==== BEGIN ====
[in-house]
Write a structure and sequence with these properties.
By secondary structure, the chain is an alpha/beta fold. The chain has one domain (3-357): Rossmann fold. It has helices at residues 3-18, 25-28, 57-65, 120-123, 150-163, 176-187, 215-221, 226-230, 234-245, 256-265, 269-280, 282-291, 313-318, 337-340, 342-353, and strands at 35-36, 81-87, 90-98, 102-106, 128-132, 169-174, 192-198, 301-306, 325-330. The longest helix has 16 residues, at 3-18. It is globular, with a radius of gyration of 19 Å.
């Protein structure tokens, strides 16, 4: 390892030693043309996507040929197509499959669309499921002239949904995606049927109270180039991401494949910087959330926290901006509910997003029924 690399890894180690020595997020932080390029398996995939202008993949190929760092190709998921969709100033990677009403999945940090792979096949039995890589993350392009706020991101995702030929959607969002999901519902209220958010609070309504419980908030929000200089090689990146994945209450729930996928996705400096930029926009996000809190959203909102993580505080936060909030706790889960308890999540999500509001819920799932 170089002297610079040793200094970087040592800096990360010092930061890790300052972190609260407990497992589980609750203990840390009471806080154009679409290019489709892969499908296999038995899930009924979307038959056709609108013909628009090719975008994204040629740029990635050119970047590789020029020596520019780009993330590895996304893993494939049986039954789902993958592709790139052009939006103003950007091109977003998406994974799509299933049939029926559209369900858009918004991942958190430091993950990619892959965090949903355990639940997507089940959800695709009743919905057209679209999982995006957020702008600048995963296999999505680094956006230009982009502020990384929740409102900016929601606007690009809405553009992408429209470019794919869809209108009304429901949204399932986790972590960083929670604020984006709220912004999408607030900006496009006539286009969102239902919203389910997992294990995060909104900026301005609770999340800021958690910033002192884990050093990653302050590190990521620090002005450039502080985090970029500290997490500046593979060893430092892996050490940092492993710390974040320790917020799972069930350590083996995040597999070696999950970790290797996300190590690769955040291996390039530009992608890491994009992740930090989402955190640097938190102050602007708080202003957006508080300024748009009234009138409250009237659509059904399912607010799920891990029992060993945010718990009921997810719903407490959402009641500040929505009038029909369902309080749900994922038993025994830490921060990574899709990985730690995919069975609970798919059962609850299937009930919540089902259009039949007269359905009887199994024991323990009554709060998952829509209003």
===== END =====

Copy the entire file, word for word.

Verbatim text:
[in-house]
Write a structure and sequence with these properties.
By secondary structure, the chain is an alpha/beta fold. The chain has one domain (3-357): Rossmann fold. It has helices at residues 3-18, 25-28, 57-65, 120-123, 150-163, 176-187, 215-221, 226-230, 234-245, 256-265, 269-280, 282-291, 313-318, 337-340, 342-353, and strands at 35-36, 81-87, 90-98, 102-106, 128-132, 169-174, 192-198, 301-306, 325-330. The longest helix has 16 residues, at 3-18. It is globular, with a radius of gyration of 19 Å.
């Protein structure tokens, strides 16, 4: 390892030693043309996507040929197509499959669309499921002239949904995606049927109270180039991401494949910087959330926290901006509910997003029924 690399890894180690020595997020932080390029398996995939202008993949190929760092190709998921969709100033990677009403999945940090792979096949039995890589993350392009706020991101995702030929959607969002999901519902209220958010609070309504419980908030929000200089090689990146994945209450729930996928996705400096930029926009996000809190959203909102993580505080936060909030706790889960308890999540999500509001819920799932 170089002297610079040793200094970087040592800096990360010092930061890790300052972190609260407990497992589980609750203990840390009471806080154009679409290019489709892969499908296999038995899930009924979307038959056709609108013909628009090719975008994204040629740029990635050119970047590789020029020596520019780009993330590895996304893993494939049986039954789902993958592709790139052009939006103003950007091109977003998406994974799509299933049939029926559209369900858009918004991942958190430091993950990619892959965090949903355990639940997507089940959800695709009743919905057209679209999982995006957020702008600048995963296999999505680094956006230009982009502020990384929740409102900016929601606007690009809405553009992408429209470019794919869809209108009304429901949204399932986790972590960083929670604020984006709220912004999408607030900006496009006539286009969102239902919203389910997992294990995060909104900026301005609770999340800021958690910033002192884990050093990653302050590190990521620090002005450039502080985090970029500290997490500046593979060893430092892996050490940092492993710390974040320790917020799972069930350590083996995040597999070696999950970790290797996300190590690769955040291996390039530009992608890491994009992740930090989402955190640097938190102050602007708080202003957006508080300024748009009234009138409250009237659509059904399912607010799920891990029992060993945010718990009921997810719903407490959402009641500040929505009038029909369902309080749900994922038993025994830490921060990574899709990985730690995919069975609970798919059962609850299937009930919540089902259009039949007269359905009887199994024991323990009554709060998952829509209003």